VICE: How would you describe TTIP?
Nick Dearden: TTIP is part of a massive trade offensive that's going to hand over massive amounts of power to corporations to rule over our society. It's the worst corporate offensive we’ve seen for 20 years. Four months ago nobody had heard of the agreement; now, we’ve reached the stage where people from across the political spectrum are getting involved. It chimes with a feeling people have that our democracy is being taken away from us.
Do you think those involved are starting to notice the resistance?
Pro-TTIP groups are definitely feeling the heat. I think that’s partly why they came out yesterday and said the National Health Service would be exempted—not that we believe them. They're starting to feel that they need to justify themselves now.
Where do you go from here?
I really see this as the beginning of the next big push against corporate power, and I hope by beating TTIP we can give back activists the idea that they can win. However, there’s still so much work to be done because there are agreements lined up behind TTIP called the Trans-Pacific Partnership and the Trade In Services Agreement.
Paul Murphy is a council worker and a member of the Socialist Worker’s Party
What brought you out here today?
This agreement should be a huge deal for everyone. It would make re-nationalizing industries like the railways impossible and decimate our NHS. Can you imagine having our country sued for loss of profits? The thought of it makes me sick.
What more needs to be done?
We only have a very short space of time to raise awareness—in six months it will be too late. We need to force politicians to take notice. It’s shocking that Labor are still keeping quiet about TTIP, it should be the perfect issue for them.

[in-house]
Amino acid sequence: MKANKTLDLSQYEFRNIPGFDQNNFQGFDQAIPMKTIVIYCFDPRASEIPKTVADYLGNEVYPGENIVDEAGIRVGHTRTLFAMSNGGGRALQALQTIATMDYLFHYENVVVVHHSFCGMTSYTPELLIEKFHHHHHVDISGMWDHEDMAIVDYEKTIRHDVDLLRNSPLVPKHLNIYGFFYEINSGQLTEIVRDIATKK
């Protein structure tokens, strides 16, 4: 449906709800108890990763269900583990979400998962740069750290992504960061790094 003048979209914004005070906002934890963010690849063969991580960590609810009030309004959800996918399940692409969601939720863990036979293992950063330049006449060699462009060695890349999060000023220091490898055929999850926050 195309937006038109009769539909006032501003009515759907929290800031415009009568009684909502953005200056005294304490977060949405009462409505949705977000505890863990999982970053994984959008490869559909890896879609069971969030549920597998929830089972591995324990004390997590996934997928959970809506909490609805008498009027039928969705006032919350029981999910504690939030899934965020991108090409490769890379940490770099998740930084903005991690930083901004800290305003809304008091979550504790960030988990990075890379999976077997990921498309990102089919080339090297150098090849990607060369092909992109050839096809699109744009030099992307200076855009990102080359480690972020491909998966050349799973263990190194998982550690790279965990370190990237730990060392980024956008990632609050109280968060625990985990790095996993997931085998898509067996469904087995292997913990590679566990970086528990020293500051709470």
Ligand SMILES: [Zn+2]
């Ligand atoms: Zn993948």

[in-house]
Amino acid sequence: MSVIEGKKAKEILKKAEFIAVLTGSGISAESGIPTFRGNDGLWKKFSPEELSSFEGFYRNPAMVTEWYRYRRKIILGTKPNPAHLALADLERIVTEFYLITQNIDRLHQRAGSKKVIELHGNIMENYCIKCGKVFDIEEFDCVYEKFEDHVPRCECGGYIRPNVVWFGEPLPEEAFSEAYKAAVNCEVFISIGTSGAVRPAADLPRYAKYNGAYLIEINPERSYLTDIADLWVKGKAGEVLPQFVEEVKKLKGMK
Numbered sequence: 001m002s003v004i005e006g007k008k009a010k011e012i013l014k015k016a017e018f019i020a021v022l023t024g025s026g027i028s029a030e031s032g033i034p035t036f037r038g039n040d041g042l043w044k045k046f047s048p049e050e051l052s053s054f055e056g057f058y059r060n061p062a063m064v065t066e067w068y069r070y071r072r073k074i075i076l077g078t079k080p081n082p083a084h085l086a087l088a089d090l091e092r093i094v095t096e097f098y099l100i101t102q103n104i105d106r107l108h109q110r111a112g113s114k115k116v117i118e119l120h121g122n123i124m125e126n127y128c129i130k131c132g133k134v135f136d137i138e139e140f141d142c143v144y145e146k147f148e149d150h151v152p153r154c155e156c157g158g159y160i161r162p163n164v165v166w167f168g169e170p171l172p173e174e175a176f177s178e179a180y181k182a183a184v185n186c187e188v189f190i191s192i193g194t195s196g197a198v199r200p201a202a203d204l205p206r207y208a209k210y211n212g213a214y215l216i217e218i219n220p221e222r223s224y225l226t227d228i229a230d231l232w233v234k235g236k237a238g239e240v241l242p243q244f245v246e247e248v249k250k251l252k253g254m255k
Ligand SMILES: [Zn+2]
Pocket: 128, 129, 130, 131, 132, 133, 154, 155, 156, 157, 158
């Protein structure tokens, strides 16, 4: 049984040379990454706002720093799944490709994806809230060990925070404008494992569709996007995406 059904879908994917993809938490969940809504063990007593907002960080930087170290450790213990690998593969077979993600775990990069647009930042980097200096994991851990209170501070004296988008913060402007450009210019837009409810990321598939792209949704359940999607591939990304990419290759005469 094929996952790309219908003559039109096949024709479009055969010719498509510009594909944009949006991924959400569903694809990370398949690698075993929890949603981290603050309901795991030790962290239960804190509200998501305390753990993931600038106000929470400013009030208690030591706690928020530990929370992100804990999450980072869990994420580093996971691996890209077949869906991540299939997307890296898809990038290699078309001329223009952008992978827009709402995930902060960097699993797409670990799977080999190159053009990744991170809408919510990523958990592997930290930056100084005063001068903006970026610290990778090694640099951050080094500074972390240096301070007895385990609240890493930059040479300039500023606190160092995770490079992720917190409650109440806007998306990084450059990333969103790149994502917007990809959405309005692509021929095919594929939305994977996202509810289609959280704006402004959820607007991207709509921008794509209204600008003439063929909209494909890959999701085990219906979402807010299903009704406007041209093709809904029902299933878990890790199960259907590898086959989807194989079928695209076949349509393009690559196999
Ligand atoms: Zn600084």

What do you make of today’s protests?
It’s encouraging to see so many people out here today, but even if we beat TTIP you know the fat cats are going to keep coming back for more, especially when we’re in such a protracted recession. I think our side needs to do a lot more to stop them in the long run.
Saoirse Fitzpatrick is the coordinator of the Students Stop AIDS Campaign.
Why is your group involved in the protest today?
TTIP will give big pharmaceutical companies more power to charge us more money for drugs. At the moment the NHS survives off generic drugs, which saves us around $34 billion a year. But TTIP will give companies the ability to extend patents, meaning generic forms of drugs can’t be produced.
Not being able to afford health care in America is the number-one cause of bankruptcy, and we don’t want that to be the case here. Our main concern, though, is that TTIP will set the global standard for all future free trade agreements. This means countries in the global south, which already have limited health budgets, will have to abide by these strict patenting rules if they want to trade. For most people living in developing countries the price of healthcare won’t be an issue of bankruptcy, it will be an issue of life and death.
Mark Thomas is a comedian, journalist and activist.
What do you make of the media coverage of this trade agreement?
What media coverage? That’s the whole problem. There's been no media coverage worth anything on TTIP. Most major newspapers are offshore in some form or another, and so they are the corporations who seek to benefit. They clearly have no interest in promoting democracy.
Do you think the complexity of the issues might also be a factor?
If Nigel Farage can go around talking about sovereignty and win over masses of voters, we can get the message out. This isn’t complicated; it’s simple—democracy is the most important thing, and TTIP puts it in danger.
Jean Lambert is a member of the Green Party and has been a Member of the European Parliament since 1999.
How do attitudes towards TTIP differ across political groups in Europe?
The four main political groups in the European Parliament aren’t willing to establish their positions at the start of the new parliament, and I think that’s because there are one or two parties that might be wobbling. They are really concerned about the way public opinion is moving in certain countries, in particular more socialist countries. A lot of countries are also concerned about transparency and what this deal is really going to mean for their public services. I think there’s going to be a lot more internal discussion going on because of the movements all over the world.